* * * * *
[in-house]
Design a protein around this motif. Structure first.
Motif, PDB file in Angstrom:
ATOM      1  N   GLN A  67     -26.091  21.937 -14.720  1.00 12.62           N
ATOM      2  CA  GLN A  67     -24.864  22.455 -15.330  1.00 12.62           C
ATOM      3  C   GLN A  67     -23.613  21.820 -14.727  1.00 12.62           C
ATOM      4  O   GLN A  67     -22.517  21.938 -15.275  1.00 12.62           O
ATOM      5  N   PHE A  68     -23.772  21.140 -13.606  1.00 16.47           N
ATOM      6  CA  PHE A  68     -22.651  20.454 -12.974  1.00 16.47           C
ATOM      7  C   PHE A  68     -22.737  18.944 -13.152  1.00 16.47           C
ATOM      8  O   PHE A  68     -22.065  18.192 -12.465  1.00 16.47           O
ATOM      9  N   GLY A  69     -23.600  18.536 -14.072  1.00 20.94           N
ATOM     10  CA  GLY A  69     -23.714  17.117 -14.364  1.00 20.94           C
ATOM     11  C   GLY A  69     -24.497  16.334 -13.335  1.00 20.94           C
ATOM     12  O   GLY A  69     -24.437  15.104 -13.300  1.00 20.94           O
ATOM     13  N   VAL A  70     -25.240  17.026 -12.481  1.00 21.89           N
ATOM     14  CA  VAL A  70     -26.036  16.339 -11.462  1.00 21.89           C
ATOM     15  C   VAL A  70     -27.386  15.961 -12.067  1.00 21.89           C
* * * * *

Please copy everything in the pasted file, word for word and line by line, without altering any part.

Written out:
[in-house]
Design a protein around this motif. Structure first.
Motif, PDB file in Angstrom:
ATOM      1  N   GLN A  67     -26.091  21.937 -14.720  1.00 12.62           N
ATOM      2  CA  GLN A  67     -24.864  22.455 -15.330  1.00 12.62           C
ATOM      3  C   GLN A  67     -23.613  21.820 -14.727  1.00 12.62           C
ATOM      4  O   GLN A  67     -22.517  21.938 -15.275  1.00 12.62           O
ATOM      5  N   PHE A  68     -23.772  21.140 -13.606  1.00 16.47           N
ATOM      6  CA  PHE A  68     -22.651  20.454 -12.974  1.00 16.47           C
ATOM      7  C   PHE A  68     -22.737  18.944 -13.152  1.00 16.47           C
ATOM      8  O   PHE A  68     -22.065  18.192 -12.465  1.00 16.47           O
ATOM      9  N   GLY A  69     -23.600  18.536 -14.072  1.00 20.94           N
ATOM     10  CA  GLY A  69     -23.714  17.117 -14.364  1.00 20.94           C
ATOM     11  C   GLY A  69     -24.497  16.334 -13.335  1.00 20.94           C
ATOM     12  O   GLY A  69     -24.437  15.104 -13.300  1.00 20.94           O
ATOM     13  N   VAL A  70     -25.240  17.026 -12.481  1.00 21.89           N
ATOM     14  CA  VAL A  70     -26.036  16.339 -11.462  1.00 21.89           C
ATOM     15  C   VAL A  70     -27.386  15.961 -12.067  1.00 21.89           C